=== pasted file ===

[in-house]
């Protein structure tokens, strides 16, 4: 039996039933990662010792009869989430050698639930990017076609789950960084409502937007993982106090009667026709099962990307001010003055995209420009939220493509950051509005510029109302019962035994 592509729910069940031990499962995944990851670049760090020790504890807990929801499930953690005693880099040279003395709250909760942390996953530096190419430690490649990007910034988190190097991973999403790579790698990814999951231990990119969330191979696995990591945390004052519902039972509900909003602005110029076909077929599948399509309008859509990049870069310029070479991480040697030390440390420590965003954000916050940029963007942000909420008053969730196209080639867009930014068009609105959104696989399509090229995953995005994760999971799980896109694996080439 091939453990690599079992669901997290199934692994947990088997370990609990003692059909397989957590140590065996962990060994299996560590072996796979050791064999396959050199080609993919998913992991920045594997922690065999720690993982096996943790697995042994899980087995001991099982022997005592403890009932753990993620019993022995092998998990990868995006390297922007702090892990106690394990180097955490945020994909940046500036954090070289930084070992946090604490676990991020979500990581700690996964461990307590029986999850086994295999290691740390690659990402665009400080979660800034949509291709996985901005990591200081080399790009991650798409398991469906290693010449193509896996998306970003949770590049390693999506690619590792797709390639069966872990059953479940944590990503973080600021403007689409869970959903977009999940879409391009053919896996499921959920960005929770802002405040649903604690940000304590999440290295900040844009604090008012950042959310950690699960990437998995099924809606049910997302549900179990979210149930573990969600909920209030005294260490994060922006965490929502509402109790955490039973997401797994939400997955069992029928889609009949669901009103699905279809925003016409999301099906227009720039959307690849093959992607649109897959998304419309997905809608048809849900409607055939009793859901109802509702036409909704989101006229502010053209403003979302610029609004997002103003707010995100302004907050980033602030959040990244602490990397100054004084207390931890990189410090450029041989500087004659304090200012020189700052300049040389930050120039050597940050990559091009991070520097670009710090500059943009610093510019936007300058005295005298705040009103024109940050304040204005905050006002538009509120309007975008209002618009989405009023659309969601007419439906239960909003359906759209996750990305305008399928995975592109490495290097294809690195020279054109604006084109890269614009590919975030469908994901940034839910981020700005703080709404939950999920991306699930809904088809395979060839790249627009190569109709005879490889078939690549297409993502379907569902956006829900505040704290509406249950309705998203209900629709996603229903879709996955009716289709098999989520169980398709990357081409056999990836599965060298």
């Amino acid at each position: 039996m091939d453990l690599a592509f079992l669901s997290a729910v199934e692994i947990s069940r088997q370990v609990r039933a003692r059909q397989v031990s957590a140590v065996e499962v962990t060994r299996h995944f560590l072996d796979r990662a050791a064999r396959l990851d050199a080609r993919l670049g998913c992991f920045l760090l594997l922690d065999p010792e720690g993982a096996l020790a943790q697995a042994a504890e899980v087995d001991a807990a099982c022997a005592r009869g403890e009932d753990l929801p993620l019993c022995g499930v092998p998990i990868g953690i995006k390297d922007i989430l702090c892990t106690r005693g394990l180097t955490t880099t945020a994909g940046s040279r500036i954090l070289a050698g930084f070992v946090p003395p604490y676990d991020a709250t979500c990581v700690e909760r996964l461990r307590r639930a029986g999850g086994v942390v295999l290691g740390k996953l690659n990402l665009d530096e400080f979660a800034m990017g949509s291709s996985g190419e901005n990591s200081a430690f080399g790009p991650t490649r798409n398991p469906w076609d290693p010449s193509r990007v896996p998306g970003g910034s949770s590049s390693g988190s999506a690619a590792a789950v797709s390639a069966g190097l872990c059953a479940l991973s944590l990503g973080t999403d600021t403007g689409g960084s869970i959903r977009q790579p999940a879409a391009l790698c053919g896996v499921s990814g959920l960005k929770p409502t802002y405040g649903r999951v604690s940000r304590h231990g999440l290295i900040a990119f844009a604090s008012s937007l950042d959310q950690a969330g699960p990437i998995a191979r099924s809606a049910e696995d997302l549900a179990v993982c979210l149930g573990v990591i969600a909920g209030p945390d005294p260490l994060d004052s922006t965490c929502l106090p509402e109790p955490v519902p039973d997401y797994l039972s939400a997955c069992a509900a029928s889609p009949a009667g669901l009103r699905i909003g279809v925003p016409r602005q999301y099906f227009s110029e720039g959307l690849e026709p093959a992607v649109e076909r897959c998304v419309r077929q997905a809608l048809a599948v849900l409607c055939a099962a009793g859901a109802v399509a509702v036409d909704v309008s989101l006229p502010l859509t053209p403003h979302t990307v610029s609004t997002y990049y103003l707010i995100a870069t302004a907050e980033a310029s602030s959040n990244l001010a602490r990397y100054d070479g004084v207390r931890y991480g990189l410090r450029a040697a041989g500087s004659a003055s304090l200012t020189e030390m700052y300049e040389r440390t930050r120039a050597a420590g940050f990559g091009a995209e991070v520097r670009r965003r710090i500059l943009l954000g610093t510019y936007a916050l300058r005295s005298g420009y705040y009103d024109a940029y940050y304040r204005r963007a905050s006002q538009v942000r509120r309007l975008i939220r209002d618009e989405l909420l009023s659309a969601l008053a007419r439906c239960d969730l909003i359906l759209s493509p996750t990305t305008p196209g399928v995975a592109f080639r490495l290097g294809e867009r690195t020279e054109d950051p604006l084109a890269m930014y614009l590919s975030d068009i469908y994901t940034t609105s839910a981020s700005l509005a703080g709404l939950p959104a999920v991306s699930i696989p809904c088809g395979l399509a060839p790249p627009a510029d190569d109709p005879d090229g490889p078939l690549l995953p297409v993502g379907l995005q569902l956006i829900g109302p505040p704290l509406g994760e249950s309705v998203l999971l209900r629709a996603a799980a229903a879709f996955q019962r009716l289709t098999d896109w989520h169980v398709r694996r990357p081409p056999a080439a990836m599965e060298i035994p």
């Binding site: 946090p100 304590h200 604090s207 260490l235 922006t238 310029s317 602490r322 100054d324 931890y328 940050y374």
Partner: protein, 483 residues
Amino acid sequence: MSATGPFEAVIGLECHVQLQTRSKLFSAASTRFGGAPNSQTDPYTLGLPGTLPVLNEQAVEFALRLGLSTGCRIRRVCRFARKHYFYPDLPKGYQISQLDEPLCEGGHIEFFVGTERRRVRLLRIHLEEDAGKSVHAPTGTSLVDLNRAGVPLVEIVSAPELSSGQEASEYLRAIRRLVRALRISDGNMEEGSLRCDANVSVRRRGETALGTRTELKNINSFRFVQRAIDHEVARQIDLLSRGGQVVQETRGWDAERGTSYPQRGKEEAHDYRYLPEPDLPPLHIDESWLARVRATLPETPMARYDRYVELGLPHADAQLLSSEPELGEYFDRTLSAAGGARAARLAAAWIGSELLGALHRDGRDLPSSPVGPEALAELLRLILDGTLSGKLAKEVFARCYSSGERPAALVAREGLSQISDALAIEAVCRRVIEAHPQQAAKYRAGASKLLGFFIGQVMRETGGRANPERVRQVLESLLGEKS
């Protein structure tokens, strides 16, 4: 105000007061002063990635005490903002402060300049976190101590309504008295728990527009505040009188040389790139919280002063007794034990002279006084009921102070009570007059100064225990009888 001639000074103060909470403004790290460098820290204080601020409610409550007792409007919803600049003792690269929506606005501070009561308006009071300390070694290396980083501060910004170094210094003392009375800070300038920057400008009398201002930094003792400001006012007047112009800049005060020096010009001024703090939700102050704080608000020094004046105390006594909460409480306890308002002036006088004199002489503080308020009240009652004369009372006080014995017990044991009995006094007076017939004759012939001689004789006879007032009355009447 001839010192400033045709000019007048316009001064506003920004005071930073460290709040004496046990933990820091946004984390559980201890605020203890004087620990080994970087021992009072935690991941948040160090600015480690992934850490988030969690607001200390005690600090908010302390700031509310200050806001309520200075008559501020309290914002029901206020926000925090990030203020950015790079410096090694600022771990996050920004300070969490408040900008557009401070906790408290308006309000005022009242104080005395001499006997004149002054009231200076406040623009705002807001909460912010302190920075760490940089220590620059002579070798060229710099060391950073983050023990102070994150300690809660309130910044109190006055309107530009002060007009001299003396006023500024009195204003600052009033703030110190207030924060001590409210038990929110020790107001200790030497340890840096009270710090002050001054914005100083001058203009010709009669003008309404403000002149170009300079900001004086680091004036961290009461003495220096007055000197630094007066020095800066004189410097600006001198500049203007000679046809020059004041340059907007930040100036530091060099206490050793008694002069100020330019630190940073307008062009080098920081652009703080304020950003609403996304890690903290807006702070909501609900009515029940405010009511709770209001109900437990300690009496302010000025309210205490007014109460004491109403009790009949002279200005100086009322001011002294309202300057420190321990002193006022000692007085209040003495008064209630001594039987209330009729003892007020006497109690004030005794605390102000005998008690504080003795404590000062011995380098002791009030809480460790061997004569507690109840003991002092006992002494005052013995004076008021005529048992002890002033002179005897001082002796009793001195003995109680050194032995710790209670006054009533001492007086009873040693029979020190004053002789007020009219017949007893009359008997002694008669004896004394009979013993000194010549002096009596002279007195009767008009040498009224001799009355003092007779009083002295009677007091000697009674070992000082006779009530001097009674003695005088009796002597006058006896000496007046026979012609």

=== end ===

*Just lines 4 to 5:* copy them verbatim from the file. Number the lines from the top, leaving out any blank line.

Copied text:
């Binding site: 946090p100 304590h200 604090s207 260490l235 922006t238 310029s317 602490r322 100054d324 931890y328 940050y374």
Partner: protein, 483 residues